CSF proteome signature provides candidate biomarkers for …

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Tübingen – Preclinical studies indicate that disease-related altered CSF proteome contains candidate biomarkers in neurodegenerative diseases. In the case of Alzheimer’s and Parkinson’s, additional diagnostic options would be desirable, for example for patient risk stratification and for monitoring the efficacy of therapeutic agents.

Due to the significant genetic heterogeneity and comorbidities, such analyzes are difficult to implement in human cohorts. In contrast, genetically defined mouse models show minimal individual variability or other confounding factors.

Therefore, the Tübingen researchers looked for molecular biomarkers in the cerebrospinal fluid proteome of corresponding mouse models for diseases such as Alzheimer’s or Parkinson’s in order to draw conclusions about dynamic inflammatory processes in the brain in neurological diseases (PNAS 2022; DOI: 10.1073 / pnas.2119804119).

Using modern measurement techniques such as LC-MS (liquid chromatography-mass spectrometry), it was possible to analyze more than 600 candidates.

“We found that the concentration of 25 proteins was different in both mouse models compared to healthy animals of the same age,” explains study author Stephan Käser of the Hertie Institute for Clinical Brain Research at the University of Tübingen.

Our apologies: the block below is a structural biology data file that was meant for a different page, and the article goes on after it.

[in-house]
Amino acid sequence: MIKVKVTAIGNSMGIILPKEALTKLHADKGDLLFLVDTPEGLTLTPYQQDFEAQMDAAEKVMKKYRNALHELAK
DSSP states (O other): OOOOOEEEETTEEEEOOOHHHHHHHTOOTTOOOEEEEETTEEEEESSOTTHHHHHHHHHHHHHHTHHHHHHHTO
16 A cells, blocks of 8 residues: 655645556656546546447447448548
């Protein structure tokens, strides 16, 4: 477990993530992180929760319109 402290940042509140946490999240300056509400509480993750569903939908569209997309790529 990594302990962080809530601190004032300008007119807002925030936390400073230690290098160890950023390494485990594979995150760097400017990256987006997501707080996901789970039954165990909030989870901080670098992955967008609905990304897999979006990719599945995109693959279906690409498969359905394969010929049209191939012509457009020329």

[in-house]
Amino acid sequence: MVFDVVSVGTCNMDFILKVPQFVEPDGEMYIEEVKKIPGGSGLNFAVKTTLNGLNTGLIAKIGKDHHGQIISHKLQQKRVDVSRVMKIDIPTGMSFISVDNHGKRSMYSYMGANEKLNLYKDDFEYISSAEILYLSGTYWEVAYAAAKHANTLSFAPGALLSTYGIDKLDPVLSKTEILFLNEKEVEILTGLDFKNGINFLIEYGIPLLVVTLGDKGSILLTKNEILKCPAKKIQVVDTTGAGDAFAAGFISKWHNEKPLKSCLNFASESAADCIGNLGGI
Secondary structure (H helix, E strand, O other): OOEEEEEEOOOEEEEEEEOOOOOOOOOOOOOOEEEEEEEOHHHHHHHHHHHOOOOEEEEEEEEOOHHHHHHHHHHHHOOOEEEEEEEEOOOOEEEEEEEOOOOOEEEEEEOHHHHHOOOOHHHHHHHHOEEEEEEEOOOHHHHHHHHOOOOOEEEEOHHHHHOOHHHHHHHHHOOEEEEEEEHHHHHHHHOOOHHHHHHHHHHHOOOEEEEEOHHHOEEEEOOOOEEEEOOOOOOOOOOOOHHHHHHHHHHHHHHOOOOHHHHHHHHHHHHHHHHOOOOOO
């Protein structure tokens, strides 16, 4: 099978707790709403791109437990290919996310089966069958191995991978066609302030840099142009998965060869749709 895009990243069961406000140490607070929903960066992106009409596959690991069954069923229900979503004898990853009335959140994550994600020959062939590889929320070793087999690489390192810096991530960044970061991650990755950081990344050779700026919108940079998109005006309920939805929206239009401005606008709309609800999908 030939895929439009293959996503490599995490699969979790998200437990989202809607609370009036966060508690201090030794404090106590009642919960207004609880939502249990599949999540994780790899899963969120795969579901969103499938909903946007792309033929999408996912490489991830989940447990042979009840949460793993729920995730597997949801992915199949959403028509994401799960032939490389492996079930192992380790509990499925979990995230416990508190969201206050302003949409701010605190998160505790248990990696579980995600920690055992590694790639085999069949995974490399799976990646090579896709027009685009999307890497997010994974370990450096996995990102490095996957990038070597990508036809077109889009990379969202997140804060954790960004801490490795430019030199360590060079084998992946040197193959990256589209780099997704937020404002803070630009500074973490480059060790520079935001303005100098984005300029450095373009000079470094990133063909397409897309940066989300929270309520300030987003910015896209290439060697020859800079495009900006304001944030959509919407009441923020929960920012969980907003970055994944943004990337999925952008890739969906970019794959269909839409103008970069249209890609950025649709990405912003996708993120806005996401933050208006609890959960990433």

It was surprising that 20 of these proteins came from or could be associated with glial cells, which are also found in human liquor. The study authors conclude that a glial protein panel of cerebrospinal fluid was identified that largely corresponded to transcriptomic changes or brain proteopathies.

For example, the identified proteins show similar changes to those seen in Alzheimer’s patients, which underlines their relevance as biomarker candidates in the glial activation phase in patients with neurodegenerative diseases.

The finding that transcriptome changes at the cellular level result in corresponding changes in the cerebrospinal fluid proteome is of clinical relevance and supports further research in this area, the researchers suggest.

The biomarker candidates discovered provide the basis for using inflammatory reactions in CSF as biomarkers to optimize patient care. The identified panel of cerebrospinal fluid proteins has the potential to differentiate and monitor neuroinflammatory disease states in humans, they conclude. © cw / aerzteblatt.de

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